A Lesson In The Need For A Gauge Swatch
I’ve said many times here on this blog that I really dislike swatching for gauge. And today I’m here to tell you I still dislike it, but I’ve been schooled in the need for it.
To me, swatching feels like wasting time and I just want to get to the knitting of the project. I do know, however, that there are times when it really is necessary to do a swatch. For example, when you are making a sweater or something else in which it is important for the item to fit correctly, you really should do a gauge swatch. You really, really should… but often, I still don’t.
I think my knitting is “average” in the gauge department, meaning I’ve done swatches with the suggested needle size before and have gotten the right gauge, so why should I keep doing it, right? And for projects like a shawl or cowl, however, gauge is not as important because it could fit just about anyone and often there is only one size anyway, right?
That first question really is just pushing the issue and you really should do a swatch anyway for a project in which size matters. That second question is what we are here to talk about today.
I started the Diamond Tempest Cowl with the wonderfully soft Baby Llama Chunky (both by Cascade) last week.
It was going along swimmingly. The yarn was wonderful. The square needle was feeling great in my hands. I was doing a little at a time and was creating this pretty pattern:
But then, I started looking at my ball of yarn and it seemed to be getting awfully small. I had this gnawing feeling I’d be playing a game of yarn chicken. Yarn chicken is when you are pretty sure you don’t have enough yarn to finish your project but you are really hoping you do have enough so you keep knitting, crossing your fingers and toes that you will have enough. Then it’s just a game of seeing who wins, you or the yarn.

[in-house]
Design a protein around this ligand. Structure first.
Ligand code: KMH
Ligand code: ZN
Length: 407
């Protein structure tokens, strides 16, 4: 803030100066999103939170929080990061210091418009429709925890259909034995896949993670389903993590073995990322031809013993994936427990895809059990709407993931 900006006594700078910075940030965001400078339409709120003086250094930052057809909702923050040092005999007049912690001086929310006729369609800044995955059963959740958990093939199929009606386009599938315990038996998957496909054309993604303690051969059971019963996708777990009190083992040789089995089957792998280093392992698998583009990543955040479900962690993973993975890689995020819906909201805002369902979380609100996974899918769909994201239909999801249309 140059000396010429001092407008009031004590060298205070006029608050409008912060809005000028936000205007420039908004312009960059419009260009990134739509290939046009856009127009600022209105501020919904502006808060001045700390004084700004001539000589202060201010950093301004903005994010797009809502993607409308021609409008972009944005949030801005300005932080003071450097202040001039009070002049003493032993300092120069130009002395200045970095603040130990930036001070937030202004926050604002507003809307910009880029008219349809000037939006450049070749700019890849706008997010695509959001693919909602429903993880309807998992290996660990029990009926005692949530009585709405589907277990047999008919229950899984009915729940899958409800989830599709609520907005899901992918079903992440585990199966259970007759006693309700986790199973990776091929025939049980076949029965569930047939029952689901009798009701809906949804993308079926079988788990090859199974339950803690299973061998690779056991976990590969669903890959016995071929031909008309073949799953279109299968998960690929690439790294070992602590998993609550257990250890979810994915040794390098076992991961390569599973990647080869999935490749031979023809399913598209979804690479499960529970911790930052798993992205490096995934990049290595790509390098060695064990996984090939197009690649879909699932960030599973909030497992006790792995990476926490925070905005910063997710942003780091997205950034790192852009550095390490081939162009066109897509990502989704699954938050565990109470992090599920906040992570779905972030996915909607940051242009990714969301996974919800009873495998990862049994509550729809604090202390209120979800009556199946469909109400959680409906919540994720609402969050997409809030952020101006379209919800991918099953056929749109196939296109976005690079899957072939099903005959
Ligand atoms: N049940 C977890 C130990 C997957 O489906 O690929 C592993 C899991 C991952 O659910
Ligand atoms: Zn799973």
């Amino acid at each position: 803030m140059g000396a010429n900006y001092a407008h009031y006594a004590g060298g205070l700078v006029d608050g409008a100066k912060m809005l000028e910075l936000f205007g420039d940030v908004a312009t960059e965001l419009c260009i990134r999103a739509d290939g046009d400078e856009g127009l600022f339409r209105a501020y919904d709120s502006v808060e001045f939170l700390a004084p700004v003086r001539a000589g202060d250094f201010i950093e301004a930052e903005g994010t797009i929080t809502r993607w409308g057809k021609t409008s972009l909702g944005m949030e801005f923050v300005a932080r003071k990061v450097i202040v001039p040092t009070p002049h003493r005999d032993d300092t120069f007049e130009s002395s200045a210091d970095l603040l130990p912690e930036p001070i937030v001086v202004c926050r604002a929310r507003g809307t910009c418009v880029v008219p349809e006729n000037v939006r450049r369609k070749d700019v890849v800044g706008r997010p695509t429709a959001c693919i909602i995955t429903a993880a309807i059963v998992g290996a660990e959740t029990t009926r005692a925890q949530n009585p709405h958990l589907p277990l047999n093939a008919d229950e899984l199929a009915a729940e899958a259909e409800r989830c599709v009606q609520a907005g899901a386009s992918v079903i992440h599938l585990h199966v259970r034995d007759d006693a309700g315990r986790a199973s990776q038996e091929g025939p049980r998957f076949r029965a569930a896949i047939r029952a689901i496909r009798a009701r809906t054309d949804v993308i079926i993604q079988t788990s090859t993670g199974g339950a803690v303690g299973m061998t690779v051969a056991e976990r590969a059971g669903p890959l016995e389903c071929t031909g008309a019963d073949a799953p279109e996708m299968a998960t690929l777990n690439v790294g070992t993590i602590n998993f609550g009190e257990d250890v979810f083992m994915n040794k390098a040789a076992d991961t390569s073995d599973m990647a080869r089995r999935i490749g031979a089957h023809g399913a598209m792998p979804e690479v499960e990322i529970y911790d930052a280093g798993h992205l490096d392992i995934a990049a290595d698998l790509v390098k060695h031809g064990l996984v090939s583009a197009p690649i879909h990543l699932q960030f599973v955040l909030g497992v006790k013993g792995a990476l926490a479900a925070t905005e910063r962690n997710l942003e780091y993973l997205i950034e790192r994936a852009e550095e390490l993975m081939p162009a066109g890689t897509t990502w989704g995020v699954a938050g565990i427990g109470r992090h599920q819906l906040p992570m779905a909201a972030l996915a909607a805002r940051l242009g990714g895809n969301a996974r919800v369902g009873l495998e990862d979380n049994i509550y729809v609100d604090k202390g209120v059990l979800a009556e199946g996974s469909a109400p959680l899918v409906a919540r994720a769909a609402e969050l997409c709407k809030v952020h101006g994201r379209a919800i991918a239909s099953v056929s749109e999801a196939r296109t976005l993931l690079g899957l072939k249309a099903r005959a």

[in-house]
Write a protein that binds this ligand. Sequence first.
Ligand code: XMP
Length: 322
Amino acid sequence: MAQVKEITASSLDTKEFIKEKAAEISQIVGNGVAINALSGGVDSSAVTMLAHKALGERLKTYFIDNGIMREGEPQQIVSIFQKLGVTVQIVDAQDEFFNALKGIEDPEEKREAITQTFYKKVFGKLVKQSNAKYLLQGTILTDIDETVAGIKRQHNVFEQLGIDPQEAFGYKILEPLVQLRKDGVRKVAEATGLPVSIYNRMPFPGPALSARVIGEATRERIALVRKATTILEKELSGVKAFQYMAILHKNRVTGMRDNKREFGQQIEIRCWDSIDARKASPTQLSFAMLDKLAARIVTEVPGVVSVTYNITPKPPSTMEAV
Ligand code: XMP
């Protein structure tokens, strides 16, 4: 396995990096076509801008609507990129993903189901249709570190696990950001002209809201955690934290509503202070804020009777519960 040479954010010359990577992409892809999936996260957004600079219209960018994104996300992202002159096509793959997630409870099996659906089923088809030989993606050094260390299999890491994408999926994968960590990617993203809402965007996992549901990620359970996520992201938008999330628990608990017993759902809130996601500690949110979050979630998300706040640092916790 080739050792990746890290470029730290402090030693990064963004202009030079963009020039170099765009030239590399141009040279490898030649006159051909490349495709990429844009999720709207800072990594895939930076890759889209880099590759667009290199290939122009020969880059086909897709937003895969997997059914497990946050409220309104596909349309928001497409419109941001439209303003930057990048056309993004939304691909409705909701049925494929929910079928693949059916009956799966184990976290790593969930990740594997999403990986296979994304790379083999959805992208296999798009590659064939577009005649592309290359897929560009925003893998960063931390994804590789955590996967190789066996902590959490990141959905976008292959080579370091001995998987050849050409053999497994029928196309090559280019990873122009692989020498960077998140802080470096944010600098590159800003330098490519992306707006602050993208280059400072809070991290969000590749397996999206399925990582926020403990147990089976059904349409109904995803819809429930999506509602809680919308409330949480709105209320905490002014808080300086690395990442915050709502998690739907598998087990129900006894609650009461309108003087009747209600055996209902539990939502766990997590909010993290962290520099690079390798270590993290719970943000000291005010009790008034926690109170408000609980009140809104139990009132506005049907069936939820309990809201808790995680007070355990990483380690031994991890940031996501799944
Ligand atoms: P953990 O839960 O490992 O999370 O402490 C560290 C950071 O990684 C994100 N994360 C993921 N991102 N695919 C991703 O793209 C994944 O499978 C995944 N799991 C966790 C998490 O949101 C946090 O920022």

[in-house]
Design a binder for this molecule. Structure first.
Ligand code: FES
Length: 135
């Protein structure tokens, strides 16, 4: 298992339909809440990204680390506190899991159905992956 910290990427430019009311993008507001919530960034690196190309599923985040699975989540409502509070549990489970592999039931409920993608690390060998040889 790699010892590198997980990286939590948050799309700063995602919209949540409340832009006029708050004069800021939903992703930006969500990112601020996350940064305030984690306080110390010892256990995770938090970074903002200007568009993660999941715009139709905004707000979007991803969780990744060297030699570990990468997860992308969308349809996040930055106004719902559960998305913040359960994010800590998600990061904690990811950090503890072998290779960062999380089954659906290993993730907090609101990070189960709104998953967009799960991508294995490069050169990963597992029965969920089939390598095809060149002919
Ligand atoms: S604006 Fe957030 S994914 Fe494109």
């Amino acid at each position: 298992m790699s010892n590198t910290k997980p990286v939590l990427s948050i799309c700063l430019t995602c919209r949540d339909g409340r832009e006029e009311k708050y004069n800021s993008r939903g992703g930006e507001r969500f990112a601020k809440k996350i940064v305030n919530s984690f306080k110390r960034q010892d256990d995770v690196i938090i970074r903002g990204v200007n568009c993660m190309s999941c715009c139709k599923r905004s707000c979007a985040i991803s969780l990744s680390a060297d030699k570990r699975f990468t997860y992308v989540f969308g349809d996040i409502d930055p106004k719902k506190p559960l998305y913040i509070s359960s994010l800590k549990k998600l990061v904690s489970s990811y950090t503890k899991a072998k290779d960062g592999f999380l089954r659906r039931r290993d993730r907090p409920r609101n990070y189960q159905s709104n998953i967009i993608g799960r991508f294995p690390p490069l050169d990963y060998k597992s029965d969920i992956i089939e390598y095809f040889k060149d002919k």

The yarn won. !@#$%^&.
The pattern called for just one skein so why did I run out? I thought about it for a bit and then I knew. It was the needle. I had done some reading about square needles and how they are supposed to be easy on your hands. I also read that because of the squareness, the actual gauge the needle gets might be different than a round needle and many people have to go up a needle size in order to get the right gauge. So I chose one size larger for this project. The project calls for a US 10 and I used a US 10 1/2.
You would think that a half millimeter difference in diameter would not make a difference but it does. And you would also think that given the uncertainty of how these needles get gauge that I would check it –it was many people, not all people who had to go up a needle size. And you would be thinking wrong because I blindly trusted that statement and didn’t give it another thought.
Please take this as a lesson that doing a gauge swatch is important! Sometimes it is important so your knitted fabric will look right — not too tight or not too loose. Sometimes it is important because you want the item to fit correctly. Sometimes it is important because you might run out of yarn. And sometimes it is important when you are using a new kind of needle and have no idea how it will perform.
Once I realized my mistake, I put that cowl right into time out until I could stop being mad at
what it did myself. And then I started this:
So, I’m now off to the ball winder to unwind the whole project and start again by doing a gauge swatch with a size 10 needle. [It’s really kind of ok, though, because if you look closely way back near the beginning, just after the ribbing, there is a weird section that I think I knitted wrong and I was trying to ignore it.]
While I’m doing that, take a look at what the Thrummed Mitten class came up with on Saturday:
Do you have a gauge fail that you’d like to share? Or something you’ve been “schooled” in regarding knitting? Tell us about it in the comments!